DETROIT — Cars that drive themselves could be on U.S. roads by the end of this decade. But don't take your foot off the pedal just yet.
Automakers, universities and others are at various stages in the development of autonomous cars. Google is testing some in California. General Motors recently announced that its "Super Cruise" system, which uses radar and cameras to steer and stop a car, could be on Cadillacs by the end of this decade. And Nissan has boldly promised that it will have an autonomous driving system by 2020.
But there are still a host of issues to work through. State laws requiring a licensed driver at the wheel will have to change. Insurers will have to determine who's at fault if a self-driving car crashes. Highways will need to accommodate cars with and without drivers. And auto companies will need to ensure that cars' on-board computers can't be hacked.
In a recent report, consulting company Navigant Research estimated it will be at least 2035 before a majority of vehicles sold worldwide will be able to drive themselves. Navigant predicts that technology will come in bits and pieces, and will take some time to migrate from luxury cars to more mainstream brands.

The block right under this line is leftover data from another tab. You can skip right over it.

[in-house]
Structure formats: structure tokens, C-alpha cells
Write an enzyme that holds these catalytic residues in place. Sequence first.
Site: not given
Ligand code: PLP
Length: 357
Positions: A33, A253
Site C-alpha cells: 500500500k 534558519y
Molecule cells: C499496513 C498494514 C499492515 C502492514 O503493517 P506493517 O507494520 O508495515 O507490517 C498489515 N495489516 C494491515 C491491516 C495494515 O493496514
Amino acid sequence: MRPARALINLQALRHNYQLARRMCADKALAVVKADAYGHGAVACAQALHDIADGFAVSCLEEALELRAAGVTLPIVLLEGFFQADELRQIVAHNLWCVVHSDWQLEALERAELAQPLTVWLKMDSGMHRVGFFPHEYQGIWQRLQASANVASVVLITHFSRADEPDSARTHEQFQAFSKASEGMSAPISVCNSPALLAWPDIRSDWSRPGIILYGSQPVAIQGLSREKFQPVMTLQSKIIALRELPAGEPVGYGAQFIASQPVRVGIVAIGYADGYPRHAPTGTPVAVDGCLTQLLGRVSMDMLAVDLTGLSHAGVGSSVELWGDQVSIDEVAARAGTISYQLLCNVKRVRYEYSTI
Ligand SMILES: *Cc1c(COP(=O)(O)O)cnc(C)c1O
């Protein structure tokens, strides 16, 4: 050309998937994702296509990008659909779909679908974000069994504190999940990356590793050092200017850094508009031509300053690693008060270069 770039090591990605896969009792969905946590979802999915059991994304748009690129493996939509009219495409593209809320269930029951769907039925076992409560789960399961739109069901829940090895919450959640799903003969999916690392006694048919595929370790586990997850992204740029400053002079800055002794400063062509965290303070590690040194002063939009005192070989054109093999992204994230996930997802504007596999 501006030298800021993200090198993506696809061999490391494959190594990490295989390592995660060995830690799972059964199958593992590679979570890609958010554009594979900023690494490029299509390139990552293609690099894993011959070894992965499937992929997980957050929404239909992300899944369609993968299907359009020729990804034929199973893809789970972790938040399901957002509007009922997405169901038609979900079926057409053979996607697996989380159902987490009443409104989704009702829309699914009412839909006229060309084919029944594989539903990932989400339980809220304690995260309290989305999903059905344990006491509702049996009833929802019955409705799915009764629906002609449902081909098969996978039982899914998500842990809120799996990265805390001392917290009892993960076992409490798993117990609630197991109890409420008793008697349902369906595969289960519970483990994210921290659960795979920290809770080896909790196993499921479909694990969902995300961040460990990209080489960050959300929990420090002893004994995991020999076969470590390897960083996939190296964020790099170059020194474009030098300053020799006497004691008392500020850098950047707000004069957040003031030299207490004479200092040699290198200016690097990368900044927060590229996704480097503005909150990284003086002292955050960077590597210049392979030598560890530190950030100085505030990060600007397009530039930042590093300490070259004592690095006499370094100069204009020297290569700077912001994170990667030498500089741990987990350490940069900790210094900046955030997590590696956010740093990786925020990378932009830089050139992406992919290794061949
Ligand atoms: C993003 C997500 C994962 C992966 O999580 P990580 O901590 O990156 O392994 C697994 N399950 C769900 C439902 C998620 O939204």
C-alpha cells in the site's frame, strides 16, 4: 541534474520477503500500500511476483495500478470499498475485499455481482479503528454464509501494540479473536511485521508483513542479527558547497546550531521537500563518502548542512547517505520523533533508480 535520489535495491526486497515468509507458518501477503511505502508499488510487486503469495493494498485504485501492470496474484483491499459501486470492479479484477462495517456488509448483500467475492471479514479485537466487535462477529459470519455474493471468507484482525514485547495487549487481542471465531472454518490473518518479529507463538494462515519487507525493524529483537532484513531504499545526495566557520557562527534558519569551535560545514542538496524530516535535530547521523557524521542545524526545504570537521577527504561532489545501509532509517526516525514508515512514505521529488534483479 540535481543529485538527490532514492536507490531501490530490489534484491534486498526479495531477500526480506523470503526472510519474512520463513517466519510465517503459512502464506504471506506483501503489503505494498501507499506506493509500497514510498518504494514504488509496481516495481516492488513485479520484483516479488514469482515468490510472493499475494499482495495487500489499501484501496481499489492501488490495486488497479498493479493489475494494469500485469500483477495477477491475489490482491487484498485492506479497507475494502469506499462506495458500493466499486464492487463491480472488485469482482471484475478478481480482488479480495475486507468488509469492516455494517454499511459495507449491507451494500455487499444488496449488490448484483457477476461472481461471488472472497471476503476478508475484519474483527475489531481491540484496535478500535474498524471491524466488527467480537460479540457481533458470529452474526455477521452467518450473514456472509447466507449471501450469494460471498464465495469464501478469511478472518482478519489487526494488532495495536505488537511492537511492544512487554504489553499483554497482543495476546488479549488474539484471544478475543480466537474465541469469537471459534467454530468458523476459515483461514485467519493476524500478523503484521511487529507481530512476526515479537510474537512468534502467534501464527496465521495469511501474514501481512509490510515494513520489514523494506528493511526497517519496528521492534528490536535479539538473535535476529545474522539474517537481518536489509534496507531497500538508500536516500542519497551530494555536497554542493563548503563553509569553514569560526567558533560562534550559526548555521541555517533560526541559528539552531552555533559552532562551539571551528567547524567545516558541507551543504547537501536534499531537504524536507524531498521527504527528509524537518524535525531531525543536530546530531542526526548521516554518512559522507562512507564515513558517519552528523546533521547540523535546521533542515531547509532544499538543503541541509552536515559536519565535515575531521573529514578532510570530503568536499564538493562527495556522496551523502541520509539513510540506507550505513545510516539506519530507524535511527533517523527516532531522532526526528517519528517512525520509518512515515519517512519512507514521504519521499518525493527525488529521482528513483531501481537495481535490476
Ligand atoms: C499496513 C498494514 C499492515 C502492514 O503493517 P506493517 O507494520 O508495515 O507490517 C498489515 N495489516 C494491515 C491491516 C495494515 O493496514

Autonomous cars are moving from pipe dream to reality thanks to rapid advances in technology. Lane-departure warning systems, for example, first appeared a decade ago. Newer systems have multiple cameras and radars that can detect pedestrians and avoid them by telling the car to apply the brakes. Some cameras can even read street signs. And some lane-departure systems not only warn the driver with a beep or a buzz, but also gently nudge the steering wheel to make sure the car stays in the middle of its lane.
But technology isn't perfect. Amnon Shashua, the co-founder of Mobileye, a Dutch company that writes software for automotive cameras, says there are still some situations in which humans outperform computers.
Even as the research and development continues, some autonomous cars are already being tested. Last year, British auto supplier and engineering firm Ricardo successfully led an autonomous vehicle demonstration near Barcelona, Spain. One vehicle led four others — three Volvo cars and a truck — that drove themselves for more than 120 miles. The cars stayed 20 feet from each other and traveled at 53 miles per hour.
Despite all the uncertainties surrounding autonomous cars, many agree on their benefits. David Strickland, head of the National Highway Traffic Safety Administration, says self-driving cars could potentially save thousands of lives, since human error is currently a factor in as many as 90 percent of traffic deaths.